Yes indeed, there is one story I would really love to share. I was working on a set with students. There were about 20 people on set. I had the position of “co- director and co-producer” of the short movie we were shooting then. When I have noticed that two male co-workers / male students had a problem in receiving “instructions” from a woman, as well as from a person who hasn’t visited any film school, I took them away from the set and said to them: “So, listen guys. Either you work with me together, or you are willing to leave the set. A film can be done only when each part of a chain holds on together. If you have a problem with me, that is another thing and has no place on set. So, are we working together and learning from each other or do you want to leave right now?” Well, the male students got noticeably quiet at this moment, and said that they were very sorry about making me feel bad. I gave them both a huge hug and everything was OK. The thing behind that story is that, no matter if you got a higher education or not, EVERY human being has something to give and to share. We just must be open to every idea, every word and to work TOGETHER. Selfishness, arrogance, and bad behavior should have no place, anywhere in our lives.

Alexandra Bekiou director of Als die Welle brach… (As the wave broke)

7. Let’s talk about the cast. How did you choose your actors? Was this your first time working with Katerina Giannakopoulou, Micky Jukovic and Michael Marwitz?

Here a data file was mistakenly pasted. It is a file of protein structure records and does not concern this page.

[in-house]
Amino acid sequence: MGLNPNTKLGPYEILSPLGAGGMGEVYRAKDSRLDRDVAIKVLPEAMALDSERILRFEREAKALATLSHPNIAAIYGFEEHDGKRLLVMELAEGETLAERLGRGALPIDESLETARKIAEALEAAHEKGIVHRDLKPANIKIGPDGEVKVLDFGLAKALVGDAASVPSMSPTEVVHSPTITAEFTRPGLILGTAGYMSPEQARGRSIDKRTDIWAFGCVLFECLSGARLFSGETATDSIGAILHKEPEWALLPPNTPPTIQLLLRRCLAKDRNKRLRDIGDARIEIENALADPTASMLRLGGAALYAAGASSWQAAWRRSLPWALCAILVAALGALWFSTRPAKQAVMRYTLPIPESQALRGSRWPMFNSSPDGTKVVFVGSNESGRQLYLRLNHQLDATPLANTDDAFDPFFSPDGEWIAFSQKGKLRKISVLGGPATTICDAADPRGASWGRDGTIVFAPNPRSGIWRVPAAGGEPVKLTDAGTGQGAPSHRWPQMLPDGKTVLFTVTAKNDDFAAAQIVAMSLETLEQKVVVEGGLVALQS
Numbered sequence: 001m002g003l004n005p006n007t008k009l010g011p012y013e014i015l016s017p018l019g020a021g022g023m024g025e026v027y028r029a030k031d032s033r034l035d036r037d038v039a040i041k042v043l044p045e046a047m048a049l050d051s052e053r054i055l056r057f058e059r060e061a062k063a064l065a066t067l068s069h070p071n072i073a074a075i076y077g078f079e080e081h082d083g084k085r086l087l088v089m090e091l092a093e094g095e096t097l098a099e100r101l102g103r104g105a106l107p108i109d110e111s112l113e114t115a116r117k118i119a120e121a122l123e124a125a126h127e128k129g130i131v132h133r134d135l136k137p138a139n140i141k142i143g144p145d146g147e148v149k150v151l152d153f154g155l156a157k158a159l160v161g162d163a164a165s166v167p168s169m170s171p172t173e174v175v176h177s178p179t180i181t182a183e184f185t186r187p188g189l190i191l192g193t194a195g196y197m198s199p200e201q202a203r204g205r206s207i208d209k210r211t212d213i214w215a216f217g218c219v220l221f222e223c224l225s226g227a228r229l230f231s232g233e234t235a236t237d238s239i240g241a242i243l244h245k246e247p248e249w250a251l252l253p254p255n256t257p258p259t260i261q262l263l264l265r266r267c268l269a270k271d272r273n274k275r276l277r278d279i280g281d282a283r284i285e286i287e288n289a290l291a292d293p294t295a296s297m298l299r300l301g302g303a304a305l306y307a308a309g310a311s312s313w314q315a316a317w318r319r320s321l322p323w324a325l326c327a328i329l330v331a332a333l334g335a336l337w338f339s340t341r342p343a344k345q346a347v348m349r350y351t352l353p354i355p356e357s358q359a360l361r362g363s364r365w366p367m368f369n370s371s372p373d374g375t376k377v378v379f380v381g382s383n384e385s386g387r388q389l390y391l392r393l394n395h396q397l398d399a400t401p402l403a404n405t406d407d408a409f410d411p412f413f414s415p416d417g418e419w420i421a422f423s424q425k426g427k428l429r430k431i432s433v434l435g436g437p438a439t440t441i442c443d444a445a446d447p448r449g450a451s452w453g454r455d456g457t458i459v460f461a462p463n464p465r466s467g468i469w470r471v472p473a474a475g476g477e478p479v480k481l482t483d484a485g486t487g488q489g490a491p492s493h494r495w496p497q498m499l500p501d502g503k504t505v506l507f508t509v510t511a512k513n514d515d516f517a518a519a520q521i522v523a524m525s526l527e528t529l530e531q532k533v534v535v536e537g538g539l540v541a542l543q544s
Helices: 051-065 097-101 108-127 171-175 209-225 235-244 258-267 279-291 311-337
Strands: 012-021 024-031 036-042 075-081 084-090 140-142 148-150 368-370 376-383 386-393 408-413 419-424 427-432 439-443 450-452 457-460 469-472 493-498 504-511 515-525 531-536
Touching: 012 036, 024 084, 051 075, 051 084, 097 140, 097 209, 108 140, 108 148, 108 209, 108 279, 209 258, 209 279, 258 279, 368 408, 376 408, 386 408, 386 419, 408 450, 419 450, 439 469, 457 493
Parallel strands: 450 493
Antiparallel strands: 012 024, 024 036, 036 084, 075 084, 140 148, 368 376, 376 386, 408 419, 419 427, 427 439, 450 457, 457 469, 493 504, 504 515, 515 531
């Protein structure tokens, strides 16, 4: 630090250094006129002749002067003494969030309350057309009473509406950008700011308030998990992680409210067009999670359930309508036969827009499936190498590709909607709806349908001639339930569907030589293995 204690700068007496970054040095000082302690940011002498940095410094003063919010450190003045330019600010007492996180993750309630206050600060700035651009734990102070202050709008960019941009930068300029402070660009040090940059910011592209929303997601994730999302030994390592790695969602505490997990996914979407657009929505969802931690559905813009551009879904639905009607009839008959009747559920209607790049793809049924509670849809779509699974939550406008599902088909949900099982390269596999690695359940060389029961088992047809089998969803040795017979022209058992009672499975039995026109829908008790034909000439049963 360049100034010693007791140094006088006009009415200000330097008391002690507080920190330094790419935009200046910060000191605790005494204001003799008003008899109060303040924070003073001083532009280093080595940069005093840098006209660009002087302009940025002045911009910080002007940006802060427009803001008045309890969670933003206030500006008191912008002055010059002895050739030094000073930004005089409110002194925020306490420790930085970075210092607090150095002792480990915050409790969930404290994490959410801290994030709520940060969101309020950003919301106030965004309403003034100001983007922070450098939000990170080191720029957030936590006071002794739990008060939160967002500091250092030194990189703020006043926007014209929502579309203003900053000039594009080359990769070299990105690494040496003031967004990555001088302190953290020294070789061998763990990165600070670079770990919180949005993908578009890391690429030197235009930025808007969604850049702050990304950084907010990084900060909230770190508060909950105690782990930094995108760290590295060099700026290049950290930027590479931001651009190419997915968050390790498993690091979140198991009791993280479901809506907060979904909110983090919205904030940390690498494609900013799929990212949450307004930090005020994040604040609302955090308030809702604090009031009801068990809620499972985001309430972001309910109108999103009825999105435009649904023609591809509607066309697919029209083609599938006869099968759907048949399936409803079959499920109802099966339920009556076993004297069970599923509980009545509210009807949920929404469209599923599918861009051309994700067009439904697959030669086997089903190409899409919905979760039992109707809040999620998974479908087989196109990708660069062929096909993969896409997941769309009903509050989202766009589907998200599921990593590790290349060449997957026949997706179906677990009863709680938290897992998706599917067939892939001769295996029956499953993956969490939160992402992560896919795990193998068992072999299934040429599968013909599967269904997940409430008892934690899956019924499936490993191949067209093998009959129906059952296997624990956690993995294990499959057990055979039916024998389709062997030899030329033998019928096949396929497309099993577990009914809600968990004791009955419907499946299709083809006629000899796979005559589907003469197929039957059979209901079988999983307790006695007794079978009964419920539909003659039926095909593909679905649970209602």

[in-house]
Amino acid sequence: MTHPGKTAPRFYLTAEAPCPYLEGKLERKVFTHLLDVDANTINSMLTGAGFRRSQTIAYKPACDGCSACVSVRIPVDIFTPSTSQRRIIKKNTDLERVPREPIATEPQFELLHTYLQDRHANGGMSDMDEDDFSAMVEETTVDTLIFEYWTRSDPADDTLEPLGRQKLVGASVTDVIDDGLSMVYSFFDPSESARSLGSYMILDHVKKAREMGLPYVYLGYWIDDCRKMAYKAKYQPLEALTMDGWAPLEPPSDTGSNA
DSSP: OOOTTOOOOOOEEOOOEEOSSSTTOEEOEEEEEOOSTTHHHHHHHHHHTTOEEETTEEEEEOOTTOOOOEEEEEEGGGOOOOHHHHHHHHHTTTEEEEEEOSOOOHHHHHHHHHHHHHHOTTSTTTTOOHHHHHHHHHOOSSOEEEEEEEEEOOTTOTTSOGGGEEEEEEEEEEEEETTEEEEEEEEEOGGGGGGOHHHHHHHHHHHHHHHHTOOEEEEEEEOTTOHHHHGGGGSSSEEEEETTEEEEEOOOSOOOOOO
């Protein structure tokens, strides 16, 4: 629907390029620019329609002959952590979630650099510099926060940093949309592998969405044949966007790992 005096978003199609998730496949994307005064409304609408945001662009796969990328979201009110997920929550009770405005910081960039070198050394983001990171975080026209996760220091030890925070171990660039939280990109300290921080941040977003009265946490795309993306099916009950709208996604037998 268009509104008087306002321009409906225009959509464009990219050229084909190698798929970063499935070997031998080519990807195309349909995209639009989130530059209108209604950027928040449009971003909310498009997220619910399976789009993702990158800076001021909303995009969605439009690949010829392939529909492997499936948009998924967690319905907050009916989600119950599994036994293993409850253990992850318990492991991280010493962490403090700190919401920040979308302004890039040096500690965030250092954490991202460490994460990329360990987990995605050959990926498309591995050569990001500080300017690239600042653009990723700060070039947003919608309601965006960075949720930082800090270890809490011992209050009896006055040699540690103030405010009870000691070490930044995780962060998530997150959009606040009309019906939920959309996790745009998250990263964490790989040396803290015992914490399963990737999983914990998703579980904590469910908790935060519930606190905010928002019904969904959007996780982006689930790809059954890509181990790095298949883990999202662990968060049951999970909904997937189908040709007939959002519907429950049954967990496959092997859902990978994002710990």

I have chosen the actors quite carefully because with each one of them I had a history. For example, Michael Marwitz is a high qualified actor in Germany and has been in this business for nearly 40 years. We have met three years ago and worked together on over 10 sets. One day, I told him about my idea and so we started working together on the making of this movie “Als die Welle brach…/As the wave broke…”. Micky Jukovic is also very well known in German TV and social medias, mostly playing roles as the “bad guy”. I met him four years ago on a film premier where he played a “character”. But I saw something sensitive in him and started to watch lots of series and movies with him over those years. With Micky, yes, this was our first time working together. Katerina Giannakopoulou is a dancer and an artist I met while visiting a school for acting years ago. As I met her, I saw a potential in her because she was still not well-known as an actress. I wanted to give her the chance that people could see that she also has a talent in acting. I think that playing the part of the main character in my movie was a great chance for her.

8. Without giving anything away, what connects the characters of your film Julia, Ricky and the Unknown Man to each other?

I would like to mention a metaphor called “the red circle”. It is when people meet in one point of their lives without knowing that they have met before (it may be in a previous life) and that they will meet again at some point in life. I think this is the best explanation of the connection from the characters of Julia, Ricky, and the unknown man.